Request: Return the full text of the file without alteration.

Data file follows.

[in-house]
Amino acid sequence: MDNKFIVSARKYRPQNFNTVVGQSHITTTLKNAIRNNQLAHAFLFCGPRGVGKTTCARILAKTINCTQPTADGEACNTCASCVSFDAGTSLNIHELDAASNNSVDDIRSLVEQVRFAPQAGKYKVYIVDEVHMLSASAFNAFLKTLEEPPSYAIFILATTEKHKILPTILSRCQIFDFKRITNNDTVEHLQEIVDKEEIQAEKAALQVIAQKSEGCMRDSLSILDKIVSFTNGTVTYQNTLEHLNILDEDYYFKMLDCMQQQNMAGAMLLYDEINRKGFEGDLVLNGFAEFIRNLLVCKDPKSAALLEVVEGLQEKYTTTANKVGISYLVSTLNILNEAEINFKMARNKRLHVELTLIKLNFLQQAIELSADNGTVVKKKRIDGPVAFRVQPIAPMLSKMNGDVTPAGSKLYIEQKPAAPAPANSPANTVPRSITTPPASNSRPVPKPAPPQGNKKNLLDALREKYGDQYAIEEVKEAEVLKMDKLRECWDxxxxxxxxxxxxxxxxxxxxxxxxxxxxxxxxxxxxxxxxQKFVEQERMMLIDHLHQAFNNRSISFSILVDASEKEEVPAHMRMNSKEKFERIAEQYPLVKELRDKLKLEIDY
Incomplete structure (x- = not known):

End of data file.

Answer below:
[in-house]
Amino acid sequence: MDNKFIVSARKYRPQNFNTVVGQSHITTTLKNAIRNNQLAHAFLFCGPRGVGKTTCARILAKTINCTQPTADGEACNTCASCVSFDAGTSLNIHELDAASNNSVDDIRSLVEQVRFAPQAGKYKVYIVDEVHMLSASAFNAFLKTLEEPPSYAIFILATTEKHKILPTILSRCQIFDFKRITNNDTVEHLQEIVDKEEIQAEKAALQVIAQKSEGCMRDSLSILDKIVSFTNGTVTYQNTLEHLNILDEDYYFKMLDCMQQQNMAGAMLLYDEINRKGFEGDLVLNGFAEFIRNLLVCKDPKSAALLEVVEGLQEKYTTTANKVGISYLVSTLNILNEAEINFKMARNKRLHVELTLIKLNFLQQAIELSADNGTVVKKKRIDGPVAFRVQPIAPMLSKMNGDVTPAGSKLYIEQKPAAPAPANSPANTVPRSITTPPASNSRPVPKPAPPQGNKKNLLDALREKYGDQYAIEEVKEAEVLKMDKLRECWDxxxxxxxxxxxxxxxxxxxxxxxxxxxxxxxxxxxxxxxxQKFVEQERMMLIDHLHQAFNNRSISFSILVDASEKEEVPAHMRMNSKEKFERIAEQYPLVKELRDKLKLEIDY
Incomplete structure (x- = not known):